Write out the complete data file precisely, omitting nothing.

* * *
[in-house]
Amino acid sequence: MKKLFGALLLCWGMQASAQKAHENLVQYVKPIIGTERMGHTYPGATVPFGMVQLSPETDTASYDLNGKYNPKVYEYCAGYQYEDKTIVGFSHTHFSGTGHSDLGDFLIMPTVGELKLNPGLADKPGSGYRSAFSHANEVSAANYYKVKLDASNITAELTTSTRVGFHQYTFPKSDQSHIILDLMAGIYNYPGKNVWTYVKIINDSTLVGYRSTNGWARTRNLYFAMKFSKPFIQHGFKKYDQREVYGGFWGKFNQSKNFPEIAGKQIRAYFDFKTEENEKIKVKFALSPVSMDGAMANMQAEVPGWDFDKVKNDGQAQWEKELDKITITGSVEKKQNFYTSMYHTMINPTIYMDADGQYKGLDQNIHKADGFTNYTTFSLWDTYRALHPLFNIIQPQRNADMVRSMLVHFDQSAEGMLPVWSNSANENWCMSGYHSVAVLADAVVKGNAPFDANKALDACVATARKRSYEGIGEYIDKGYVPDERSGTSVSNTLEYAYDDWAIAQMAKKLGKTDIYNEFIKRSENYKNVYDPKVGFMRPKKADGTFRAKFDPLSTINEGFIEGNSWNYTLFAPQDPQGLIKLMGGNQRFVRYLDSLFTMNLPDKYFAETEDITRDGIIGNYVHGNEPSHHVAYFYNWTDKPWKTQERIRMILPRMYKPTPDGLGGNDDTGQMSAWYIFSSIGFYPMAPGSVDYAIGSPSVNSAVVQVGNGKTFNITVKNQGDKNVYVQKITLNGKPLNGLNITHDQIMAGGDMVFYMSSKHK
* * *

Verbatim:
[in-house]
Amino acid sequence: MKKLFGALLLCWGMQASAQKAHENLVQYVKPIIGTERMGHTYPGATVPFGMVQLSPETDTASYDLNGKYNPKVYEYCAGYQYEDKTIVGFSHTHFSGTGHSDLGDFLIMPTVGELKLNPGLADKPGSGYRSAFSHANEVSAANYYKVKLDASNITAELTTSTRVGFHQYTFPKSDQSHIILDLMAGIYNYPGKNVWTYVKIINDSTLVGYRSTNGWARTRNLYFAMKFSKPFIQHGFKKYDQREVYGGFWGKFNQSKNFPEIAGKQIRAYFDFKTEENEKIKVKFALSPVSMDGAMANMQAEVPGWDFDKVKNDGQAQWEKELDKITITGSVEKKQNFYTSMYHTMINPTIYMDADGQYKGLDQNIHKADGFTNYTTFSLWDTYRALHPLFNIIQPQRNADMVRSMLVHFDQSAEGMLPVWSNSANENWCMSGYHSVAVLADAVVKGNAPFDANKALDACVATARKRSYEGIGEYIDKGYVPDERSGTSVSNTLEYAYDDWAIAQMAKKLGKTDIYNEFIKRSENYKNVYDPKVGFMRPKKADGTFRAKFDPLSTINEGFIEGNSWNYTLFAPQDPQGLIKLMGGNQRFVRYLDSLFTMNLPDKYFAETEDITRDGIIGNYVHGNEPSHHVAYFYNWTDKPWKTQERIRMILPRMYKPTPDGLGGNDDTGQMSAWYIFSSIGFYPMAPGSVDYAIGSPSVNSAVVQVGNGKTFNITVKNQGDKNVYVQKITLNGKPLNGLNITHDQIMAGGDMVFYMSSKHK